4.3       The output of the meeting included a first draft of an ITU-T Recommendation, temporarily numbered as  This draft was submitted to Study Group 2 (TD 126 WP1) and discussed at the 25-31 October 2003 SG2 meeting in Florianopolis, Brazil.  On the basis of contributions and discussions, SG2 appointed Ms. Cathy Handley (United States) as editor for the recommendation.  Editor’s Group meetings were held on 23 March 2004 and 13 April 2004.  On the basis of contributions received subsequent to the 25-31 October 2003 meeting, and discussions during the Editor’s Group meetings, a new draft has been prepared and submitted for discussion at the 18-28 May 2004 Study Group 2 meeting in Geneva, Switzerland.

5.       DNS Root Server System

5.1       Given recent discussions concerning the distribution of the Internet Domain Name System (DNS) root server system (e.g., ref. 13(d) of the WSIS Plan of Action, see 13.1 below) attention is drawn to ITU-T SG2 Information Document 23, DNS root server mirror service, which provides information for Member States on the potential benefits of locating a mirror of a DNS root server within their national context.  Potential benefits include: national infrastructure protection and self-sufficiency; performance; costs; resilience; and, emergency response.  The document was brought to the attention of SG2 via TD 118 WP1 and provides information on how to arrange a mirror of the Internet F root server. The document is available at:

5.2       Information about the APNIC root server trial in the Asia-Pacific region is available at:

5.3       Guidelines for hosting a mirror instance of the Internet K root server are at:

6.       ITU-D Workshops and Symposia

6.1       In accordance with Resolution 102 and the Istanbul Action Plan (WTDC-02), the BDT has organized several workshops to discuss general policy, operational and technical issues concerning the Internet, and the management of Internet domain names and addresses, in particular, for the benefit of Member States, especially for least developed countries. 

6.2       The BDT organized an ITU-NEPAD Workshop in April 2003 in Arusha, Tanzania, aimed at assisting Africa in elaborating an ICT roadmap to meet NEPAD objectives.  The Arusha Workshop was attended by delegates from 30 ITU Member States including regional organizations such as ATU and ECOWAS, and resulted in a Declaration requesting, inter alia, the following actions to be undertaken:

“ITU should assist Africa to establish its own Regional Structure for the Management of Public Internet Resources (IP Addresses, country code top Level Domains)”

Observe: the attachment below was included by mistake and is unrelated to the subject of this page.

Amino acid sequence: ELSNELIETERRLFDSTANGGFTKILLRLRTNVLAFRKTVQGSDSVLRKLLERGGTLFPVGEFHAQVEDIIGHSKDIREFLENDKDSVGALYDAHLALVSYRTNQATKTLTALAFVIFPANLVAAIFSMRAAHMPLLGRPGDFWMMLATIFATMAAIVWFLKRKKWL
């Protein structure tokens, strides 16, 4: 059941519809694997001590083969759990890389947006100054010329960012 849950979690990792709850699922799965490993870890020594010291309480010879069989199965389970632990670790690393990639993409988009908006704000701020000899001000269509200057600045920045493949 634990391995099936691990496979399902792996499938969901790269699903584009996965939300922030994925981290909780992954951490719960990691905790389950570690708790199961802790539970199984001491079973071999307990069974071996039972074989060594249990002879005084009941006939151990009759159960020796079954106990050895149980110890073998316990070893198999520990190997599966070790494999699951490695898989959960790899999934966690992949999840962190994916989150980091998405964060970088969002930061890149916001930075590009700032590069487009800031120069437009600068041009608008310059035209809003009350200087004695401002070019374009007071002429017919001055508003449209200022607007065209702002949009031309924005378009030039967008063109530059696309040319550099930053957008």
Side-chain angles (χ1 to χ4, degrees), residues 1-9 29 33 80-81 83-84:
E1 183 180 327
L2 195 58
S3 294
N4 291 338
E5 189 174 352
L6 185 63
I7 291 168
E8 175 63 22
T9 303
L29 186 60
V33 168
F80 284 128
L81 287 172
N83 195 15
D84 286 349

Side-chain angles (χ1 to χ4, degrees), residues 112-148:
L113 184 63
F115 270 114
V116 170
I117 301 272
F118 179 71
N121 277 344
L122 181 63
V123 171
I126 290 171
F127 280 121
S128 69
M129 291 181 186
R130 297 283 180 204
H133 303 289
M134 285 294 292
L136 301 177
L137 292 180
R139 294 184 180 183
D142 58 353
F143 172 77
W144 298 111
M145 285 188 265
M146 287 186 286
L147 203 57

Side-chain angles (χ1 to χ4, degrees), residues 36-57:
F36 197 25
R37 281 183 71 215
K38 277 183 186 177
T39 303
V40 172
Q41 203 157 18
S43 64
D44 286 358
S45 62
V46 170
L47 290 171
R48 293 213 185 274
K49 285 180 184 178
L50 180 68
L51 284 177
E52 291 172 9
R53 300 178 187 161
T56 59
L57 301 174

6.3       An IP Symposium was held in Kigali, Rwanda in July 2003 which brought together representative from governments, industry and Internet organizations from more than 20 African Member States. They made proposals on actions ITU should undertake in addressing policies and strategies for Internet domain names and IP address management for Africa.  Further information is available at:

6.4       The Kigali Declaration contained a number of recommendations to ITU on its role in DNS management and IP address allocation, the development of an Internet policy handbook, cooperation with the African Union on the establishment of Afrinic, the development of an international framework for ccTLD management recognizing the sovereign rights of ITU Member States, and the protection of country names. This document is available at:

6.5       An IP Symposium was held in Moscow, Russia in September 2003 which brought together representative from government, industry and Internet organizations from more than 15 CIS and European States. They made proposals on actions ITU should undertake in addressing policies and strategies for Internet domain names and IP address management for the region. Further information is available at:

6.6       The Moscow Declaration contained a number of recommendations on ITU’s role in DNS management and IP address allocation, convergence in naming and addressing systems, best practices and repatriation in ccTLD management, assistance to Member States in the protection of country names, and recommendations on best practices in fostering Internet deployment, VOIP, IPv6, and internationalized domain names. This document is available at:

6.7       An "ITU and Southern African Telecommunication Association (SATA) Workshop on ICT Trends" was held in February 2004 in Victoria Falls, Zimbabwe.  Internet strategies including Internet exchange points, IPv6, broadband challenges and opportunities were discussed. Further information is available at: